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Metro Briefs

BY DI STAFF | APRIL 08, 2009 7:30 AM

Kehoe given no-contact order

Michelle Kehoe, accused of killing her 2-year-old child last fall, will not be allowed to contact her other son.

The prosecution secured a no-contact order Tuesday against Kehoe. She will not be allowed in the same room as her son, Sean Kehoe, except during court appearances.

Kehoe faces charges of first-degree murder, attempt to commit murder, and child endangerment resulting in serious injury.

In October 2008, Kehoe and her sons reportedly left their Coralville home to visit relatives. The next day, reports show the injured woman told a Buchanan County resident she and the children had been abducted.

Buchanan County law enforcement found the body of Seth Kehoe near the family minivan by the Hook ’N’ Liner Pond. An autopsy revealed the boy died from cuts to his neck.

Sean, 7 at the time, reportedly told police his mother duct-taped his eyes, nose, and mouth shut before cutting his neck and before allegedly killing his brother.

The court granted the prosecution’s no-contact order — filed in Buchanan County — alleging Kehoe poses a threat to Sean’s safety.

Kehoe was arrested Nov. 15 after she was released from the UI Hospitals and Clinics. Her trial was scheduled for March 18, but the court agreed to postpone the proceedings until an April 14 hearing.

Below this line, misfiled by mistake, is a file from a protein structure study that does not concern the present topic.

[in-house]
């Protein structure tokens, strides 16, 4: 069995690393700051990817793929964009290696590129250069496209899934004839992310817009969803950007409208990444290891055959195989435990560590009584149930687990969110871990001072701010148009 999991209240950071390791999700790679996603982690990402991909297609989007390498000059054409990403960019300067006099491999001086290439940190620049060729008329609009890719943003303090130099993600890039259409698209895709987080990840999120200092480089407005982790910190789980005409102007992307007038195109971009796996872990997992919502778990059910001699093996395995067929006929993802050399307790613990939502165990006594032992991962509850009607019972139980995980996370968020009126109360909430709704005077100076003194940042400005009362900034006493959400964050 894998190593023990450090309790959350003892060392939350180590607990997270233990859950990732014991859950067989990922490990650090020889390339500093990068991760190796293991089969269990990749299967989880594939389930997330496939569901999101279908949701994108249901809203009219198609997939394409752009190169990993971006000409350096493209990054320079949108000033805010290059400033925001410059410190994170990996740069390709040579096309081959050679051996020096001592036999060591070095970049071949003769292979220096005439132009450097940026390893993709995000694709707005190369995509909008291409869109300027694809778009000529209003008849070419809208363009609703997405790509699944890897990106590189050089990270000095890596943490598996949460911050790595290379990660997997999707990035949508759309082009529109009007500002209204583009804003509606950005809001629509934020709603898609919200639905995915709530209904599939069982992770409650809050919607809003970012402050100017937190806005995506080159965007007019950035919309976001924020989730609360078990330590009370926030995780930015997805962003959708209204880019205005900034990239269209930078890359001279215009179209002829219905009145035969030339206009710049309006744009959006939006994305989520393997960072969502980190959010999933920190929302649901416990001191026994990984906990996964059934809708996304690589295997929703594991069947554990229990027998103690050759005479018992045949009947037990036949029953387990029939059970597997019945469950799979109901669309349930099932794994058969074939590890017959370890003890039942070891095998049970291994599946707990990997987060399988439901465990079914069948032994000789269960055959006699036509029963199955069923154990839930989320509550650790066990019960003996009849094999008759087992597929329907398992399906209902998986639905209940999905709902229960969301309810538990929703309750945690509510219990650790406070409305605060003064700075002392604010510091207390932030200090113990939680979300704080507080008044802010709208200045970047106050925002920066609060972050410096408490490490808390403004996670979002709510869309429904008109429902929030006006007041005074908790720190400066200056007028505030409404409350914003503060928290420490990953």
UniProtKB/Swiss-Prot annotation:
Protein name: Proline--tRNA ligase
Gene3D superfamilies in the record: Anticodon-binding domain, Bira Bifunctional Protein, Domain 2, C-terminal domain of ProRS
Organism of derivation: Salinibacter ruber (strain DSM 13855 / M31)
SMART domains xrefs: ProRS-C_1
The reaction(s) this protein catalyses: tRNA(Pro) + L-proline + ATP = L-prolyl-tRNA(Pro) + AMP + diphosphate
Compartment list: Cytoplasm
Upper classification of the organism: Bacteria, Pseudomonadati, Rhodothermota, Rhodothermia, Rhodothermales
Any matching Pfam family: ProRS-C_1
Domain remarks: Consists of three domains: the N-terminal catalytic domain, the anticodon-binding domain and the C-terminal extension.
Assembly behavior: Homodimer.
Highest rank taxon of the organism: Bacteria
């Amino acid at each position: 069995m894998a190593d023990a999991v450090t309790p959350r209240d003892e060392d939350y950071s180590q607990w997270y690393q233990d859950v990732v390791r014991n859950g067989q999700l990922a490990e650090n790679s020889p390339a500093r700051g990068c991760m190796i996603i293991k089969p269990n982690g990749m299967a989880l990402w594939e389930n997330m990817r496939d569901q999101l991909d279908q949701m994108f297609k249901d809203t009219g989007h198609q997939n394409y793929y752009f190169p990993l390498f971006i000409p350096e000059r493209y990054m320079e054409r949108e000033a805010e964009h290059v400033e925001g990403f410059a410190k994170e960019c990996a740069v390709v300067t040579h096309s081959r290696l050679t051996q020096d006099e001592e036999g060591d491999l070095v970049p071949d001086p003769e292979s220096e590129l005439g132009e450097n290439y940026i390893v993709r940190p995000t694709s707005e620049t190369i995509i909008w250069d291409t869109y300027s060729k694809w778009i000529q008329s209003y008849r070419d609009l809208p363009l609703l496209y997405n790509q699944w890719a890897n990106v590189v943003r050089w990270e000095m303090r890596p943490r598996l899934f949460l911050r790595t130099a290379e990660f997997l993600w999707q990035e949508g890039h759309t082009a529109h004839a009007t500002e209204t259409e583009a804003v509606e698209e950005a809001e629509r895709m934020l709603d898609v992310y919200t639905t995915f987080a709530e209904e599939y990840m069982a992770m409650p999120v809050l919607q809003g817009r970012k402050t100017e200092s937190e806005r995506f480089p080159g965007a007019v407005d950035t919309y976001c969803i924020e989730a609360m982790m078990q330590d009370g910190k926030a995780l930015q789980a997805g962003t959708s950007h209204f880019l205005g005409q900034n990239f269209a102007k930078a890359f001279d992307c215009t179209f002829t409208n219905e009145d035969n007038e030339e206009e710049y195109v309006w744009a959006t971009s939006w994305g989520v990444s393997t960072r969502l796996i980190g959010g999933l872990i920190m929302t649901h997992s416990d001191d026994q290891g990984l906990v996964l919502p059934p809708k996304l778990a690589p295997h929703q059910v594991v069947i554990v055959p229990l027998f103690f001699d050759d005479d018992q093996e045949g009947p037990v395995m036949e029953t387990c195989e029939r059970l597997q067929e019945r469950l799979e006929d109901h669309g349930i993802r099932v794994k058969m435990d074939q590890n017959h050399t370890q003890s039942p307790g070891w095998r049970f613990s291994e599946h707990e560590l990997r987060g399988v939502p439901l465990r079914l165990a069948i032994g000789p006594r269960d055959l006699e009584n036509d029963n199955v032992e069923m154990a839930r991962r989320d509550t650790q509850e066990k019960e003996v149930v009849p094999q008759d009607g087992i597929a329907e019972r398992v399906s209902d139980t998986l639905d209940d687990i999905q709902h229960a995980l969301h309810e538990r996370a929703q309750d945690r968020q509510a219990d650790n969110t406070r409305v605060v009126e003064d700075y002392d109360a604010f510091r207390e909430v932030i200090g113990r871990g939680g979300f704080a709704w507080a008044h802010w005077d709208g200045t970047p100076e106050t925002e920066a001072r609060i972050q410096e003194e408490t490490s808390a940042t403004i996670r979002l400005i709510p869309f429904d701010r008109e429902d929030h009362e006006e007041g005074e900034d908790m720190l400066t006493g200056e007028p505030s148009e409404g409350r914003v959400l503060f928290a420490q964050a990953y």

— by Zhi Xiong

Culver respects court decision on marriage

Gov. Chet Culver released his first extensive reaction to last week’s contentious same-sex marriage ruling Tuesday, saying he respects the decision and opposes attempts to amend the constitution.

“I am reluctant to support amending the Iowa Constitution to add a provision that our Supreme Court has said is unlawful and discriminatory,” Culver said in a statement. “As governor, I must respect the authority of the Iowa Supreme Court and have a duty to uphold the constitution of the state of Iowa.”

When the ruling came down last week, Culver largely demurred on the issue, issuing a curt statement saying he’d have to review the ruling with the attorney general and his legal counsel “before reacting to what it means for Iowa.”

His statement on Tuesday largely backed the decision but was far from celebratory.

“As I have stated before, I personally believe that marriage is between a man and a woman,” Culver said, noting the ruling won’t affect religious marriages. “This is a tenet of my personal faith.”

— by Shawn Gude


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